excursions with native fishermen in their boats revealed several jellyfish but
no multi-tentacled box jellyfish (also called 'chirodropids') were seen. Local
fisher folk immediately recognised photos of box jellyfish, and of human stings,
and a village fisherman's wife proudly displayed leg scars from a sting 3 years
previously which could have been a chirodropid. The fishermen knew the
"summertime" chirodropids as "munga fi" (see case report below), which
translated approximately info "fire jelly", and they associated hot, still
weather and calm water with the risk of stings. Almost every fisherman admitted
to "munga fi" stings at some time in his life. No deaths were known or admitted.
Later in Bangkok, at the Department
of Dermatology, Siriraj Hospital, Dr. Williamson learned that the presentation
of patients with mainly chronic scarring - almost definitely from
"box-jellyfish" stings - sustained in the Bangkok area, was a regular
occurrence. A senior Bangkok scuba diving instructor, Lieutenant Colonel (Ret.)
A.B. "Dusty" Rhodes, continues to report jellyfish stings and sightings in the
Gulf of Siam and in the Andaman Sea, including one night time sighting of a
chirodropid in the Andaman Sea.
Studies in Thailand suggest that a
locally occurring plant "phakbung-thale" (Ipomoea pes-caprae (L.) Roth)
which is found in abundance along the warmer seashores of both
hemispheres, and which has been and is used by Thai fisherman to both prevent
and treat jellyfish stings (Wasuwat 1970; Applied Scientific Research Institute
of Thailand 1977), may have a valid pharmacological basis (Pongprayoon et al
A review of Thai literature dealing with jellyfish stings in the Gulf of
Siam and Andaman Sea revealed anecdotal reports of a few deaths following jelly
fish stings (Siriraj Hospital Gazette 1985 and J. Nakorn Rachasema Hospital 1991
- in Thai and not listed in Medline).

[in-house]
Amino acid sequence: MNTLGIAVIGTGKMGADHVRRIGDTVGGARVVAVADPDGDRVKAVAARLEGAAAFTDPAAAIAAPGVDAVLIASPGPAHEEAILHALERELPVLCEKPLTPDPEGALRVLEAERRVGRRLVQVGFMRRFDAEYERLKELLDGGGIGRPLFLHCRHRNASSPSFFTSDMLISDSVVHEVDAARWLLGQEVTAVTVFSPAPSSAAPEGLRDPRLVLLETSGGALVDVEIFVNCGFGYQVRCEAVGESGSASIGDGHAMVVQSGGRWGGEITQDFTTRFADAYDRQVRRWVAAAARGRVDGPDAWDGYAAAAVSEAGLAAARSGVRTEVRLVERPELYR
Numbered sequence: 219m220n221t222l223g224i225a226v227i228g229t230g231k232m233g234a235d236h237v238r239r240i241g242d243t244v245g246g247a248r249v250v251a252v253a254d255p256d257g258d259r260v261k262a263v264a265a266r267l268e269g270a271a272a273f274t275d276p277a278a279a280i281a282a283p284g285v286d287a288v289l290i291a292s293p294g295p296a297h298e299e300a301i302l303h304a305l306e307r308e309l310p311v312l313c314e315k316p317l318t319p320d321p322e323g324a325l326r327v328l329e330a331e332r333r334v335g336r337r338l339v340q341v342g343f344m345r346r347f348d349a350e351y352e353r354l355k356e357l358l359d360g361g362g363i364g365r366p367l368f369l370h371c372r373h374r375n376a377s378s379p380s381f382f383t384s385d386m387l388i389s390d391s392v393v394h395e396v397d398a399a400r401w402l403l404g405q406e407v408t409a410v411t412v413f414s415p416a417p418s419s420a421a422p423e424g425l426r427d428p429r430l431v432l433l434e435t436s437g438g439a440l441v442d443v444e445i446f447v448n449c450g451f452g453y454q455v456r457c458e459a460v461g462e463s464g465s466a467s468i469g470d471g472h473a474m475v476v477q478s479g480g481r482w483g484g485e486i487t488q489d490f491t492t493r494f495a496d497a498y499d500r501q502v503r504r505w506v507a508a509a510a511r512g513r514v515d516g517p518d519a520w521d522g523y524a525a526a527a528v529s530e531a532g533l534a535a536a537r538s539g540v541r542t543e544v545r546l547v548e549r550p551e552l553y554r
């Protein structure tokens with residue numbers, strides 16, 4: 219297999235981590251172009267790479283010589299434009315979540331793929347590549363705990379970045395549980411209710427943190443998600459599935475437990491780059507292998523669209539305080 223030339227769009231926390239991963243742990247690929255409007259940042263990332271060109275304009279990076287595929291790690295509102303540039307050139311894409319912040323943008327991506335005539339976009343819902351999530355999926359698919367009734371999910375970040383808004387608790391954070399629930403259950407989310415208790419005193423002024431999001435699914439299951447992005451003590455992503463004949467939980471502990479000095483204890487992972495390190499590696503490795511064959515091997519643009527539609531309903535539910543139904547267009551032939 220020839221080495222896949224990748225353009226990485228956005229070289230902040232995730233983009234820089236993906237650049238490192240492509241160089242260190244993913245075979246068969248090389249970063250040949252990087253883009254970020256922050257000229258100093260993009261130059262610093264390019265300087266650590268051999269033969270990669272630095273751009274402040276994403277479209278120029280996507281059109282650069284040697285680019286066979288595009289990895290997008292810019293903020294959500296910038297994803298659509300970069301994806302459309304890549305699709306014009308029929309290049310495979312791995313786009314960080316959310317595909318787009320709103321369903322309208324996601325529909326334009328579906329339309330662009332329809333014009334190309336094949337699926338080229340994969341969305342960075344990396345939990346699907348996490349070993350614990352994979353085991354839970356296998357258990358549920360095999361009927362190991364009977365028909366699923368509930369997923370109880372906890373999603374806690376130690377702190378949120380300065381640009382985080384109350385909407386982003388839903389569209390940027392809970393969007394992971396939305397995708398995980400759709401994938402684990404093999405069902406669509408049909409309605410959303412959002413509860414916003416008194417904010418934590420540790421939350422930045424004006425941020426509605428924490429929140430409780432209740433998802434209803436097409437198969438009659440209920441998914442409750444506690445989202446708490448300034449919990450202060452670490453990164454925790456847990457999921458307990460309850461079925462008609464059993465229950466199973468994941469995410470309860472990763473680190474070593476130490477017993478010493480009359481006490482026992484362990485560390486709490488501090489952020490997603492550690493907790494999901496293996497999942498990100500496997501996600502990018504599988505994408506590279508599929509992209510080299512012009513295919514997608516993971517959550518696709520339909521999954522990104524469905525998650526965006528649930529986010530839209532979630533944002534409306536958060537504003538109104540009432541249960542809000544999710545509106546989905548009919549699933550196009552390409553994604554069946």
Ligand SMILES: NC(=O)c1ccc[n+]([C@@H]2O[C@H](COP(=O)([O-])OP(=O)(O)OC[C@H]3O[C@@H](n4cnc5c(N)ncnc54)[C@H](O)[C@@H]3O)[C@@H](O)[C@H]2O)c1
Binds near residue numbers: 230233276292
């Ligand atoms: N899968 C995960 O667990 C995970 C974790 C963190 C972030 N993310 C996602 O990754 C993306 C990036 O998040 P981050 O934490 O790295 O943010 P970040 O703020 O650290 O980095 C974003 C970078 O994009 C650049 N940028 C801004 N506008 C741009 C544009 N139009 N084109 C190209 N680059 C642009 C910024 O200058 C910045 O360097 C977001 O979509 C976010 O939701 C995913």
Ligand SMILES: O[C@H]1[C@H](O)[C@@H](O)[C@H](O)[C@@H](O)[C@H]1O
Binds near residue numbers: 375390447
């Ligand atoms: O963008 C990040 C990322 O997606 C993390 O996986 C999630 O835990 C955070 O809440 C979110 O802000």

In December 1995, two deaths were
described after jellyfish envenomation at Langkawi Island, on the west coast of
Malaysia on its border with Thailand (Fenner & Williamson 1996). The victims;
rapid demise and the characteristic skin markings suggested that the causative
jellyfish was a multi-tentacled box jellyfish.
A 26 year old British tourist was swimming off Chaweng Beach on the Thai Island
of Koh Samui on October 20, 1999. It was early evening and the sea was
calm. He suddenly came out of the water and was observed by his friends waling
unsteady and asking for water to drink. He then, within minutes, collapsed,
stopped breathing and was pulseless with dilated non reactive pupils on arrival
at a nearby local hospital. The physician, one of the reporters, noted extensive
welts across his neck, chest and back with the typical appearance of recent
jelly fish stings. Efforts of resuscitation were not successful.
A 25 year old male from Australia and a 23 year old female, from Switzerland
died in August after being stung in waters of Koh Pha Ngan, officials said. The
25 year old (male) died on 9 August 2002 after receiving massive stings to his
legs while swimming of the islands Hat Rin Nok beach. He died before arriving at
a beach-side clinic, a hospital official said. Late afternoon wading in
waist-deep water he was stung on both legs, stopped breathing - pulseless within
5 minutes. Resuscitation commenced immediately asystolic ECG on arrival at the
local hospital 15 minutes later.
Bangkok Pater Report:
Island warns of
deadly jellyfish after tourist deaths - Wed Aug 21 12.33 2002 AM ET
BANGKOK, Thailand - Officials on a popular resort island in
southern Thailand have laid nets in the sea to prevent poisonous
jellyfish from nearing the shore after two foreign tourists were
fatally stung while swimming.
Sean Tyrrel, 25 of
Australia and Mounya Den, 23, of Switzerland died earlier this month
after being stung in waters off Koh Pha Ngan, officials said
Tyrrell died on
Aug. 9 after receiving massive stings to his legs while swimming off